There are numerous cultural benefits to teaching in Taiwan; here are two that stand out: first, you’ll have the opportunity to try your hand at learning Mandarin Chinese. Chinese—comprised of Mandarin and the related dialect Cantonese—is the world’s most widely-spoken language. Second, you’ll also have a chance to observe a fascinating political situation up close: China considers Taiwan a renegade province that must be brought back into the fold (by force, if necessary), while most Taiwanese citizens think of Taiwan as an independent country. It’s intriguing to see how people here identify themselves: they’re ethnically Chinese, but most of them have a well-developed sense of national pride.

Be prepared for cultural differences in educational philosophy. Compared to Taiwan, teachers in the West enjoy a large degree of autonomy in the classroom—they’re largely free to employ the activities and teaching methods they feel are best suited to the material. Here, though, most chain English schools’ curricula are highly regimented, and in the classroom, a high value is placed on repetition and memorization. Expect to prepare and have approved daily lesson plans, and understand that you’ll be required, for example, to cover specific page numbers during each class.

Read your contract carefully before you sign it; English schools typically want a year’s commitment, and you should be sure you’re comfortable with the terms to which you’re agreeing.

Do your homework before you come. The Web is teeming with good information on teaching in Taiwan, so take the time to research your options. Amazingly, I’ve encountered a few people who signed up to teach here, arrived, and then left in bitterness—they seemed shocked that Taiwan was not like Thailand. There’re no full-moon beach parties here, and even a cursory amount of online investigation will make that fact abundantly clear. See the links below for more online information.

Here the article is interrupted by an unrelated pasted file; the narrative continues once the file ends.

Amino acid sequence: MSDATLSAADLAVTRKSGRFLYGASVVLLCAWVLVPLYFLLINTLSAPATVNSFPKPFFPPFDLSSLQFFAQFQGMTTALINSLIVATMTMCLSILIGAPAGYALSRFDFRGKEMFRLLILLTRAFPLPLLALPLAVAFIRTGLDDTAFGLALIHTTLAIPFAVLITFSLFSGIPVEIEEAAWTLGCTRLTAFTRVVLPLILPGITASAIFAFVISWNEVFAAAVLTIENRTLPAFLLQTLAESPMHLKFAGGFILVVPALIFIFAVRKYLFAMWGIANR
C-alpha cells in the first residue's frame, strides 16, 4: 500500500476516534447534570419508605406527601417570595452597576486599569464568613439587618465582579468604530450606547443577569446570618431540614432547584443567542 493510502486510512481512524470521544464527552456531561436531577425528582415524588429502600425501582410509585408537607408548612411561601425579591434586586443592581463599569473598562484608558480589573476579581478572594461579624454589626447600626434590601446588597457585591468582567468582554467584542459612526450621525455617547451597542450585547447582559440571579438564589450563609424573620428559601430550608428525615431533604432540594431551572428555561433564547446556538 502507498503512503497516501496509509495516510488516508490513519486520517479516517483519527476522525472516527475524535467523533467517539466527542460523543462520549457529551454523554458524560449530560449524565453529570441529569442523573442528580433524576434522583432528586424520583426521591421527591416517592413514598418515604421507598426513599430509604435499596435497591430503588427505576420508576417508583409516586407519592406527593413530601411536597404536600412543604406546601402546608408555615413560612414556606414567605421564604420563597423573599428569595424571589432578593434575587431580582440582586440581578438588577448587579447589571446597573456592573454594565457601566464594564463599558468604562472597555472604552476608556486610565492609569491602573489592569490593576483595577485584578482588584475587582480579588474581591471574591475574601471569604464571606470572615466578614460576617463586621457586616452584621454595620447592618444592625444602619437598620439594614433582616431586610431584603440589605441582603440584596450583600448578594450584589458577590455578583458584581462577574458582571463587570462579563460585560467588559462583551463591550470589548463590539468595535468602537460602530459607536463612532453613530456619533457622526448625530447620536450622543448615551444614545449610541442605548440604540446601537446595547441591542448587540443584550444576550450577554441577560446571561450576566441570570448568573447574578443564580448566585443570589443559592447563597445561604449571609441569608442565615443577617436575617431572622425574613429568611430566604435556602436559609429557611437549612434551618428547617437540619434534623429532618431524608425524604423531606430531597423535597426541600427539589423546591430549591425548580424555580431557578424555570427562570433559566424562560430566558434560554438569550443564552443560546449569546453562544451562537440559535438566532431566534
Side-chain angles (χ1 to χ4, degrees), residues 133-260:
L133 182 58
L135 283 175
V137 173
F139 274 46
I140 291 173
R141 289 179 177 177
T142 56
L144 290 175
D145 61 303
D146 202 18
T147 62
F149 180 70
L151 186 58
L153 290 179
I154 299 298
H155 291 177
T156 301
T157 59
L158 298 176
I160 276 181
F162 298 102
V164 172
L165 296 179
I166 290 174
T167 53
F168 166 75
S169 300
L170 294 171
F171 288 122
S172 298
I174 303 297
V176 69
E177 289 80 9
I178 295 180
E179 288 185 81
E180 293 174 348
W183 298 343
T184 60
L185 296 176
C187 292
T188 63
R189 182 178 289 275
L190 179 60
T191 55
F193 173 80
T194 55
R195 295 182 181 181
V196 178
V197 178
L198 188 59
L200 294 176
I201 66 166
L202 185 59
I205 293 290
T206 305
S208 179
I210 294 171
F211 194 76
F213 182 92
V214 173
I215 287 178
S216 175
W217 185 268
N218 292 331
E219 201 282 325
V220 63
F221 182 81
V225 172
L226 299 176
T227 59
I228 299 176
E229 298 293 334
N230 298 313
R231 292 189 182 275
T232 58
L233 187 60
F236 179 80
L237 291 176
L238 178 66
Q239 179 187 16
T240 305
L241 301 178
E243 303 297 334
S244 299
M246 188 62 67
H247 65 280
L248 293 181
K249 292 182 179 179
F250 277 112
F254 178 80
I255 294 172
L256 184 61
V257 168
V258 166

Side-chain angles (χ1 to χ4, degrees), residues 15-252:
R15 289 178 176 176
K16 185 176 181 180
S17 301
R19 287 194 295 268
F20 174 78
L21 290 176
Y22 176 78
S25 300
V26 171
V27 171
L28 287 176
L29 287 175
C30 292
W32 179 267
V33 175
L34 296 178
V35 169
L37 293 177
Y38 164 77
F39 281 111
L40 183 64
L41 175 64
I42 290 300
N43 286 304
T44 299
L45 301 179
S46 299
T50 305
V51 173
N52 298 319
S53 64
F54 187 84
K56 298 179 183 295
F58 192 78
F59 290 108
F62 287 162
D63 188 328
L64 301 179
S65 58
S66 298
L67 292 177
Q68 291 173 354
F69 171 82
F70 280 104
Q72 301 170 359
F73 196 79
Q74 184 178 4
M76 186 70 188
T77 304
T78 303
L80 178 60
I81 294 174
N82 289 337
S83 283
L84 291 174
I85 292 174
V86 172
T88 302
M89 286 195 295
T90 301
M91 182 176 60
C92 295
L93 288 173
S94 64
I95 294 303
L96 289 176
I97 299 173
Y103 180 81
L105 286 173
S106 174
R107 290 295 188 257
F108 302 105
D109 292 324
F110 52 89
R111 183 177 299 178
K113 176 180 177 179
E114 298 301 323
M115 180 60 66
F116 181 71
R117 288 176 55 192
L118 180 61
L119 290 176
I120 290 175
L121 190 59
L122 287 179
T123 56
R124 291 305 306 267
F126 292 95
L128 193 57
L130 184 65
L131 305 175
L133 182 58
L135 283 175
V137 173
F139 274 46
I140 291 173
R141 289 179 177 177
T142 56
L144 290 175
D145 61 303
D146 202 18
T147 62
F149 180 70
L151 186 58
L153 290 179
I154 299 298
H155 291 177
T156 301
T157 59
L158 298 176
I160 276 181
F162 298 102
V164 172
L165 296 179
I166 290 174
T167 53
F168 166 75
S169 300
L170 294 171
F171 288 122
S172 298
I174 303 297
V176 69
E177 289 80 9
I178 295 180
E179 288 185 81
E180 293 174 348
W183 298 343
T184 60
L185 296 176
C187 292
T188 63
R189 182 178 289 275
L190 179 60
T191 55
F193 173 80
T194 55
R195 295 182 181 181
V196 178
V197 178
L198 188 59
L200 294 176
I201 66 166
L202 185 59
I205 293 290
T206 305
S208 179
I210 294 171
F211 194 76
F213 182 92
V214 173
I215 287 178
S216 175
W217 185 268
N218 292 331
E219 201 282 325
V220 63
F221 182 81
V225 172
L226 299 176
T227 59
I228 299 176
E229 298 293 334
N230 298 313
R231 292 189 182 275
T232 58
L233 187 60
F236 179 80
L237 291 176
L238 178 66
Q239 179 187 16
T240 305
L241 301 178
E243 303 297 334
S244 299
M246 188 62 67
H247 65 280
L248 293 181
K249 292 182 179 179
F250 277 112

Universal health coverage is provided for legal alien residents, so as a teacher, high quality medical services are widely-available and quite inexpensive. (Dental care is especially good: you can get your teeth cleaned for about $3.)

Finally, a word on cities, if you’re unsure where to go. Most foreigners in Taiwan live in either Taipei, which is the capital, or in Kaohsiung, the southern port city. Taipei’s truly an international urban center with plenty of cultural offerings; the cost of living there, though, is slightly higher than other cities. Kaohsiung, where I live, is smaller than Taipei, though the air pollution’s worse. It’s cheaper, however, and it’s close to the popular Kenting national park, with has some beautiful beaches. Another popular city for foreigners is Taichung, Taiwan’s third-largest metropolitan area.

Links for More Information

General Resources

TEALIT, which stands for Teaching English And Living In Taiwan, is an excellent Web site that features job listings and other helpful hints on moving to and living in Taiwan.

Job Listings

Dave’s ESL Cafe has a detailed compendium of Web sites that advertise teaching jobs in Taiwan. TEFL.com posts job openings. Editor's note: TransitionsAbroad.com also offers a section on ESL jobs in Taiwan.

Have fun!

Newley Purnell is a writer, an English teacher, and an Internet strategist. His website is newley.com.